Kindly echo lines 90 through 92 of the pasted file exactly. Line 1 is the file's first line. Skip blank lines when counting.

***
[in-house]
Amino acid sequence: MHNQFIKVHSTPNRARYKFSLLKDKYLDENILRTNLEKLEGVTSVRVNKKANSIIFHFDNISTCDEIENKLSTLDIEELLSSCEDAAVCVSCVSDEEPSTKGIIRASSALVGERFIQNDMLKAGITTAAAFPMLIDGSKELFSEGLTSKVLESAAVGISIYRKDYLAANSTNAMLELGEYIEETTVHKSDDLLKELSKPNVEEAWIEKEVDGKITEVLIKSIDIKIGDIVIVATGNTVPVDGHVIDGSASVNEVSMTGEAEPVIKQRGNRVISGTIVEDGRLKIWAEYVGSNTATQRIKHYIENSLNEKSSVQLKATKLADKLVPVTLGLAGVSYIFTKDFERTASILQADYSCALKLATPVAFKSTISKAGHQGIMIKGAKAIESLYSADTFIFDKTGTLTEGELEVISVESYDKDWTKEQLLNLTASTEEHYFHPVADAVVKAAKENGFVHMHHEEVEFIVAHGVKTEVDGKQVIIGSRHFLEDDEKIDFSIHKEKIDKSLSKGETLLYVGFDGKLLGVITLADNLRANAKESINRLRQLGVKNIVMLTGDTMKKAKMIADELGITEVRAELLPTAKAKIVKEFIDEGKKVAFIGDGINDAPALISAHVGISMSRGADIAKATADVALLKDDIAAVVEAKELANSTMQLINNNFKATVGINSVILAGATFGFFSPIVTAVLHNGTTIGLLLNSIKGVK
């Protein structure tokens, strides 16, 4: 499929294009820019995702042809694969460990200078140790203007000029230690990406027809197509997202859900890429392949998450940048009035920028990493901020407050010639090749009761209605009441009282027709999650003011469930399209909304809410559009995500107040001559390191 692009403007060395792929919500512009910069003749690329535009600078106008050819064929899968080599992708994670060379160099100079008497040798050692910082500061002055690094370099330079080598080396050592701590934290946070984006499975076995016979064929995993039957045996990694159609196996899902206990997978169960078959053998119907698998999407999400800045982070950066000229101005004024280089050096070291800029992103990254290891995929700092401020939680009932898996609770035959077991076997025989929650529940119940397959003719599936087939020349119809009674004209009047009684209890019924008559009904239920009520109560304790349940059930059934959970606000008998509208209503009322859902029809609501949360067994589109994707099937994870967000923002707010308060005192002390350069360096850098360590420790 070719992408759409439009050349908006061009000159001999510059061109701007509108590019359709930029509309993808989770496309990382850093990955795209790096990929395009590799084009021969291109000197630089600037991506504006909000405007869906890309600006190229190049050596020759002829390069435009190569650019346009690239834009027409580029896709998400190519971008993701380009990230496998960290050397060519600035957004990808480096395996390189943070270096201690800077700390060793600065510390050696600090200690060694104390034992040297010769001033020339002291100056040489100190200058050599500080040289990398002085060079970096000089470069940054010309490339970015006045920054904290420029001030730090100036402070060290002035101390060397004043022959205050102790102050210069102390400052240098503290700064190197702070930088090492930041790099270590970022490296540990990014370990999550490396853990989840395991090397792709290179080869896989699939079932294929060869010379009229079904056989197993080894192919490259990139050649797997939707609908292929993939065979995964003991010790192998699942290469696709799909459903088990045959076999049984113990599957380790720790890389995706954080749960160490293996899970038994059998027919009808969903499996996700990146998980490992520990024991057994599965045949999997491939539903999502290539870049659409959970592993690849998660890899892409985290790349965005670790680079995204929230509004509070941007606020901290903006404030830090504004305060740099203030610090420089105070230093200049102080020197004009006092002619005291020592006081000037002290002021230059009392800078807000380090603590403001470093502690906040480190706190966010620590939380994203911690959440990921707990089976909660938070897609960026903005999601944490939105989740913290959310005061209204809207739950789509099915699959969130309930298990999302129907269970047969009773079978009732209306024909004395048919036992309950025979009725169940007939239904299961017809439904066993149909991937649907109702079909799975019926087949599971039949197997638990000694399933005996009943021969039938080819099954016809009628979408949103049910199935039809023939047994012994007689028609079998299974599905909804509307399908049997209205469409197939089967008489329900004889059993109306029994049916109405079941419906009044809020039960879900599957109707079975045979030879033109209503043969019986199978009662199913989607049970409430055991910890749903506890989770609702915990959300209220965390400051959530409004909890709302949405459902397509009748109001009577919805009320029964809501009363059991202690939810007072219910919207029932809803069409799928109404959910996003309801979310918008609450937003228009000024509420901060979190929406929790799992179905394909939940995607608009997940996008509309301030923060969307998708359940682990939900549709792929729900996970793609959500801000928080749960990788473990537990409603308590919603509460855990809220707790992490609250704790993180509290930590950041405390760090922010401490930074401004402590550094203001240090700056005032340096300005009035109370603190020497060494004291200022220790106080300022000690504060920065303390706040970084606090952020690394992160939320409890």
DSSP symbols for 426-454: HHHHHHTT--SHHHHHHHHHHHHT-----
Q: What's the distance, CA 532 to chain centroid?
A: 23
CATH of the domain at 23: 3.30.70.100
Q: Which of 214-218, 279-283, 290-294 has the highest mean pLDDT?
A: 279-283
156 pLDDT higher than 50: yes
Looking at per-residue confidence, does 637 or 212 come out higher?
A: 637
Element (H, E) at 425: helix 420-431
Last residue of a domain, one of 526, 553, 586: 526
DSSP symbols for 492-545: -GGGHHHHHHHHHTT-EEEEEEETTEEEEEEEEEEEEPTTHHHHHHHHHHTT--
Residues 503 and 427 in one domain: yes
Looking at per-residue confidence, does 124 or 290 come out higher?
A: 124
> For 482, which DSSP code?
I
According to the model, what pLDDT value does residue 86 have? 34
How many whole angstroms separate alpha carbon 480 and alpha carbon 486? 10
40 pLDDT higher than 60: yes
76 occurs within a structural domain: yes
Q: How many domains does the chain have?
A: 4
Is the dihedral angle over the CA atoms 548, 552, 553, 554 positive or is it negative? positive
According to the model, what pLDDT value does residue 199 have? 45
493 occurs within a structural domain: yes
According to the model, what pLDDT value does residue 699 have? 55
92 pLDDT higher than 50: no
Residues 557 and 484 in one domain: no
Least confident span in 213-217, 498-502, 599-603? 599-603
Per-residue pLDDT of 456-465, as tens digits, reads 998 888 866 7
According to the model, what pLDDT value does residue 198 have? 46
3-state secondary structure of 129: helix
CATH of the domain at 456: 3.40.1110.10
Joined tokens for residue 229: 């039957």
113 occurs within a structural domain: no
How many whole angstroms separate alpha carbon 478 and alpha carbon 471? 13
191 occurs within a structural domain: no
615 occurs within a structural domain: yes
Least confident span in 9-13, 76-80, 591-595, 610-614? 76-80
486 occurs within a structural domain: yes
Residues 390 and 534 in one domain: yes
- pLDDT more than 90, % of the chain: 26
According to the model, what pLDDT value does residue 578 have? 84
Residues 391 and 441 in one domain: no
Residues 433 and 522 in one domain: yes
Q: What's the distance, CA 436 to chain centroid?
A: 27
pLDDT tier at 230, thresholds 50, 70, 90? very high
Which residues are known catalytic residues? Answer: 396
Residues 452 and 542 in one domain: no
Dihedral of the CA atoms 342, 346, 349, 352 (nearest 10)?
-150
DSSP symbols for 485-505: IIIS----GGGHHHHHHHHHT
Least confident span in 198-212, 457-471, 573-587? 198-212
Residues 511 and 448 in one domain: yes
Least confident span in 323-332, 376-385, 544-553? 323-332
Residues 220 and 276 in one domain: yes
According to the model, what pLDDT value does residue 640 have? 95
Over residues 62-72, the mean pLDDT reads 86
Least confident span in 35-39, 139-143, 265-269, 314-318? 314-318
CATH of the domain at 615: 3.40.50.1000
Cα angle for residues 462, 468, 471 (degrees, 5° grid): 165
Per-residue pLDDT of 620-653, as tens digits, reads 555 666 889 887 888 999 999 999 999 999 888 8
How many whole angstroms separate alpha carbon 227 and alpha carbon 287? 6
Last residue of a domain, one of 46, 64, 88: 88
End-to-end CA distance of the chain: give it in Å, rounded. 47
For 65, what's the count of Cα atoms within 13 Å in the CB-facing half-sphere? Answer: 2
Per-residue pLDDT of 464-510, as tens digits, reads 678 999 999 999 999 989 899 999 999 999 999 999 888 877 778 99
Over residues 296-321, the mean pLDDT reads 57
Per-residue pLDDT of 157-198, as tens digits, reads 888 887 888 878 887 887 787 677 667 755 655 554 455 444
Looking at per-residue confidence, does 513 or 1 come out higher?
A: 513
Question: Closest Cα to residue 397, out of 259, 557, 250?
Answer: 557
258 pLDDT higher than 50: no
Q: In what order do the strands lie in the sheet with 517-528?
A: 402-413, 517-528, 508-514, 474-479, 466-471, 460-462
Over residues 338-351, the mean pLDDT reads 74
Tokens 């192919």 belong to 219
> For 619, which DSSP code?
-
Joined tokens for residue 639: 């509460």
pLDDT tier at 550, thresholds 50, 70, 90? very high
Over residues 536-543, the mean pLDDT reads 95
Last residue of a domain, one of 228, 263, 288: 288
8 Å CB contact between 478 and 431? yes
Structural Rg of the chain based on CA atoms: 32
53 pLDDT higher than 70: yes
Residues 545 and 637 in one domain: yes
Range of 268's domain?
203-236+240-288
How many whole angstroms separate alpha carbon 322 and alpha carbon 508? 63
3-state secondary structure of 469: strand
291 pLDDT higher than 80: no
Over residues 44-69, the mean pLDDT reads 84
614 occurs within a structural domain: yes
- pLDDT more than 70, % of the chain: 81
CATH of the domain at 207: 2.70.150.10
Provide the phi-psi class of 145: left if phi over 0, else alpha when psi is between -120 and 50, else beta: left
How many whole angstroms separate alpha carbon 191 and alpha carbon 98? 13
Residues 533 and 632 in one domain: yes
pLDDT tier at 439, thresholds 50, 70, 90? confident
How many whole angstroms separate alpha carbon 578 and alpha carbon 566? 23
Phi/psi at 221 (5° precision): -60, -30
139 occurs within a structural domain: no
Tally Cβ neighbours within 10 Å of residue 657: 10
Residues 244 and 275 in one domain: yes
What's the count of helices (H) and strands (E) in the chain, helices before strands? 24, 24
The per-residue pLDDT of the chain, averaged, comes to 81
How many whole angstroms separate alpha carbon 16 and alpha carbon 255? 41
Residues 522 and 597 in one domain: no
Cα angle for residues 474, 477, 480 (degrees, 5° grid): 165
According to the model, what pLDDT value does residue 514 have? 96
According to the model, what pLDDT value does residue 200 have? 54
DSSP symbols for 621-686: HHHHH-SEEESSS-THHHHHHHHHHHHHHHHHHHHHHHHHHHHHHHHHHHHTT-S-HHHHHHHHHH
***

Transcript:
8 Å CB contact between 478 and 431? yes
Structural Rg of the chain based on CA atoms: 32
53 pLDDT higher than 70: yes